Best wishes from Kerstin in Stockholm

  • Thanks Kerstin! Here in the US it is difficult to get the official DX if you haven't had an "event" such as DVT, TIA, etc. Ridiculous yes!

    I recently had surgery and my surgeon was concerned so I had a heparin shot prior. I can tell you that I felt great so to me, that is another indication that I could get some relief from medications otger than aspirin.

    Hoping for a good discussion on this at my next appt. I may just request to see the head of rheumatology !

  • I suggest you print off from the question 2 days ago from Danny-Boy "APS target according to Dr Hughes" and the answer yesterday fro.m Hughes Comrade -

    and take it to your Rheumatology and show him what they say in England.


  • Thanks! I will!!


  • It's the same in Australia. You have to have pregnancy loss or DVT/PE before you can be diagnosed and treated for APS. And they will not budge.

  • It's so insne. It's like a car barreling down the highway with a visible leaking gas tank but refusing to fix it until the car stops due to lack of gasoline!

  • yes. noise, light, and especially smell. indeed. Besides check-up by GP I can also advise The Gupta Programme (to help you feel less anxious about it all). This has helped me a lot.

  • You aren't alone in sensitivity to loud noise and light. I'm the same. Driving down the street with sunglasses on when it's sunny and there are trees on the side of the road, is enough flashing light to set off a migraine. It has shrunk my world - no concerts, no movie theaters etc due to sound and flashing light. I even have difficulty finding a church I can attend because the worship music is too loud for me. I'm this way all the time, it doesn't go away.

    When I watch news and interviews from Europe, there are often warnings about flashing lights, that is never done in the US, it would help people like us and others bothered by flashing lights.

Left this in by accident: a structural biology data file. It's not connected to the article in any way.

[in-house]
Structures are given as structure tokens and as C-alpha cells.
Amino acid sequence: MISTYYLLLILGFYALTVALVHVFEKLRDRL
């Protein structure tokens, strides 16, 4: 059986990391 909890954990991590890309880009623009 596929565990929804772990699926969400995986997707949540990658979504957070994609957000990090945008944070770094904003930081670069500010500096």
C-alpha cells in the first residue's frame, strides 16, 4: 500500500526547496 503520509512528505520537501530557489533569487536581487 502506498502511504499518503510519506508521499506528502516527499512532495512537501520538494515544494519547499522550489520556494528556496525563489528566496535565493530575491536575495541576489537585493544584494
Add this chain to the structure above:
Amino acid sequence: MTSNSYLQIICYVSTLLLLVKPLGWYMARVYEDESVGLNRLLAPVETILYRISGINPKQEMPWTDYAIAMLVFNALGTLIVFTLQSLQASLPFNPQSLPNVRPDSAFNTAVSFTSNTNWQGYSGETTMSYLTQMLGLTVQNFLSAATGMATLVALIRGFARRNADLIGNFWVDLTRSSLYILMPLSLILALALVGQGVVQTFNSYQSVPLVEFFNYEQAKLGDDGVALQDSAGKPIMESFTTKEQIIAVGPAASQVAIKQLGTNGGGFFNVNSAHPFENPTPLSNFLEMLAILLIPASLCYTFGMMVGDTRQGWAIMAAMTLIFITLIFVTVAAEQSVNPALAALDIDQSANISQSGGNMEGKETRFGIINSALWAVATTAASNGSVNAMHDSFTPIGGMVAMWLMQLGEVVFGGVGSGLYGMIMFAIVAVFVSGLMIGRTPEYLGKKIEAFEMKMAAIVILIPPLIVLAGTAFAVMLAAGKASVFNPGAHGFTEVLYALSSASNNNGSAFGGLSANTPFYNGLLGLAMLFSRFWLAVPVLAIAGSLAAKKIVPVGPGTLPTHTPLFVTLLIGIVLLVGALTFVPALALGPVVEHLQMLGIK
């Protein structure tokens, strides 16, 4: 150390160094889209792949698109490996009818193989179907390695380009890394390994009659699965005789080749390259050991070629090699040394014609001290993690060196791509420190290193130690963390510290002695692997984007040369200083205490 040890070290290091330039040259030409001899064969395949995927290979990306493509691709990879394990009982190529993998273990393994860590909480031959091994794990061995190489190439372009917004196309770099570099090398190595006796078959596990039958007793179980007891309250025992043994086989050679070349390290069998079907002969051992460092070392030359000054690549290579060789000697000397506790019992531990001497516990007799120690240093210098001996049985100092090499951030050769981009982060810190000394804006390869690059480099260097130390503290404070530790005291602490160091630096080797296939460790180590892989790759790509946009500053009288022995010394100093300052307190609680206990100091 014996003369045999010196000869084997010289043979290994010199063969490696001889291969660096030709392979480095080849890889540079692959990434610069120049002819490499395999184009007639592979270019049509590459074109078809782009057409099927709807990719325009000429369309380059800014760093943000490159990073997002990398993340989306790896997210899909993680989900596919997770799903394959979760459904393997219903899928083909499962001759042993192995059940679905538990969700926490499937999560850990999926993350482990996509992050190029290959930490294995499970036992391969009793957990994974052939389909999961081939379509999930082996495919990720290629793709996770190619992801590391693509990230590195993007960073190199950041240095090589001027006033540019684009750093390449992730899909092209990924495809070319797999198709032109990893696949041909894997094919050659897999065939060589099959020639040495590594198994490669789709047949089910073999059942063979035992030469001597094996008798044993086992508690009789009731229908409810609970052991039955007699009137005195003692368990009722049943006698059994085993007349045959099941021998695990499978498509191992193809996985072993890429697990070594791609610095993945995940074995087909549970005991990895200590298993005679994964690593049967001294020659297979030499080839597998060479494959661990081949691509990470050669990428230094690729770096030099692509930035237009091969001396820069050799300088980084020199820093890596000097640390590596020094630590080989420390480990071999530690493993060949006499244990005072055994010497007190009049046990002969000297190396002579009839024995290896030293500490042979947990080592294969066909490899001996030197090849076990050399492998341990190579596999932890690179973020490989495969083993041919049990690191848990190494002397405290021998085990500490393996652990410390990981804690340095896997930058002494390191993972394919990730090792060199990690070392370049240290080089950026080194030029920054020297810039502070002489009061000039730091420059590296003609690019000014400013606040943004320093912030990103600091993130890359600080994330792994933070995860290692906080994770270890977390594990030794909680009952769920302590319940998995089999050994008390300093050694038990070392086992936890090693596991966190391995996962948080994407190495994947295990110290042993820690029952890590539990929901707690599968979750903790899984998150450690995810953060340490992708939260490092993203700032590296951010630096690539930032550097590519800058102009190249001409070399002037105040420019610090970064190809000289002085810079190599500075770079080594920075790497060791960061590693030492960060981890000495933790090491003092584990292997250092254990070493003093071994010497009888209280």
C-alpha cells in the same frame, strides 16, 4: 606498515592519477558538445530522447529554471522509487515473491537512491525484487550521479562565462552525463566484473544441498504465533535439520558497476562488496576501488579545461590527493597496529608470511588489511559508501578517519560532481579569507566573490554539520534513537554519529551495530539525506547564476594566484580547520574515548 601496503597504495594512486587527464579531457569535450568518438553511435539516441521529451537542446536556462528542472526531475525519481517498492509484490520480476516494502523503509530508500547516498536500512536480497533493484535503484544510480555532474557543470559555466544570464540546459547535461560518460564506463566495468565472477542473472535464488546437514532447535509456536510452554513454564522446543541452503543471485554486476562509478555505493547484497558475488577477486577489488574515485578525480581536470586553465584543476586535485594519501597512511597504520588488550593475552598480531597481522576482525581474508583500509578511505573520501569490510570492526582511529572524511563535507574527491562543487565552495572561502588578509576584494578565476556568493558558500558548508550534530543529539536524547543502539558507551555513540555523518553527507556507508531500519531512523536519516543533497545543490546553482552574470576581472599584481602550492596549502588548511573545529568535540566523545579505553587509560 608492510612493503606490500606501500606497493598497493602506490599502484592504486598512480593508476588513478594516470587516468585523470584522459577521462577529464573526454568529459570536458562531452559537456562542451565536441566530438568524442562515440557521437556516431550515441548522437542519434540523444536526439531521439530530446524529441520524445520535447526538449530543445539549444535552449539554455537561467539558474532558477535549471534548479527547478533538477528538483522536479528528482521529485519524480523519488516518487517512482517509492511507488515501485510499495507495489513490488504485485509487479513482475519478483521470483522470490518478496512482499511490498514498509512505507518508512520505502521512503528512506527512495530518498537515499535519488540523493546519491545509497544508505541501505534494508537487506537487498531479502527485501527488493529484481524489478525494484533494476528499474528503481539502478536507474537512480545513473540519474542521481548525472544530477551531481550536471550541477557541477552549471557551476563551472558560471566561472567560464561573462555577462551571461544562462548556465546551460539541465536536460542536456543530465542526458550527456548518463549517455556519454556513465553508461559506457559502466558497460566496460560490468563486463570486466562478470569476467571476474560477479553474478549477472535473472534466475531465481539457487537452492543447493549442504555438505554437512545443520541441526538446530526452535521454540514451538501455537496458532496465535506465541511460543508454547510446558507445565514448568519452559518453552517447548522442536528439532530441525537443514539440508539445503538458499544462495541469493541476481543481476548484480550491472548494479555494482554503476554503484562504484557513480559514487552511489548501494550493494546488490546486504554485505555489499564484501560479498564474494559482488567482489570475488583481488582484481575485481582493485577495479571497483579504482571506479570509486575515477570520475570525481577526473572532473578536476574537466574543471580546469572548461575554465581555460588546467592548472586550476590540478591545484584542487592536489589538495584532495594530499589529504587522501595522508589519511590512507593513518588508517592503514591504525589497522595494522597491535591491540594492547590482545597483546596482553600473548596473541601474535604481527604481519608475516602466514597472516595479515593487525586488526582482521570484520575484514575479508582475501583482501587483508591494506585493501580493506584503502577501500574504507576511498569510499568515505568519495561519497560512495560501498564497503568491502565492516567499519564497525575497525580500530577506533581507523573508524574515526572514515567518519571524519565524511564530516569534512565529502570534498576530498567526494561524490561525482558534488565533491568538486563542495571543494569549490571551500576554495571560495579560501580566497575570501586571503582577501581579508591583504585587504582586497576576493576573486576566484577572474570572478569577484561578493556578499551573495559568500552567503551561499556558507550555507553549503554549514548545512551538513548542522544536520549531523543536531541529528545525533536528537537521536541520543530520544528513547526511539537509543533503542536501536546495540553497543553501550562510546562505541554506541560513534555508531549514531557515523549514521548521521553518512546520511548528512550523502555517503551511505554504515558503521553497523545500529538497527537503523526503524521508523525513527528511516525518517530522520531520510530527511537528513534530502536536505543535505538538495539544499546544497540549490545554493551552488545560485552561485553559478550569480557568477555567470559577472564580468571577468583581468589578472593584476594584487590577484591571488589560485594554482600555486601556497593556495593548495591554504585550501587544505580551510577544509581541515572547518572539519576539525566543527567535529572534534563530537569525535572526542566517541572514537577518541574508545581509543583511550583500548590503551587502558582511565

Good luck to you.

  • Thats very sad, u hit the nail on the head - it's shrunk my world!

    I come from a very musical family, music is in their life all day every day. My son is a DJ too.

    I feel bad saying turn it down, stop singing, stop whistling...

    So I stay home in my silent bat cave!!!

    I hope u find a church that suits ur head, it's important to u. Have u tried writing to the head of the church to see if he/she has any suggestions? There may be additional services/meetings that are quieter. Good luck 💋

  • I have this a lot too. My poor kids are always being told to quieten down 😞. Too much to bear at times and my brain just starts shutting down.

    Dr Sangle at the Louise coote clinic told me this is a part of the Hughes.

    Hope you find done relief

    L 😀

  • I was just thinking about overstimulation the other day. Along with your experiences I also can't tolerate a lot of talking.

  • I experience the same symptoms, but have also been diagnosed with POTS/dysautonomia (believed by Dr. Jill Schofield and Prof G. Hughes to be a co-morbidity of APS). Dysautonomia relates to the autonomic (automatic) nervous system.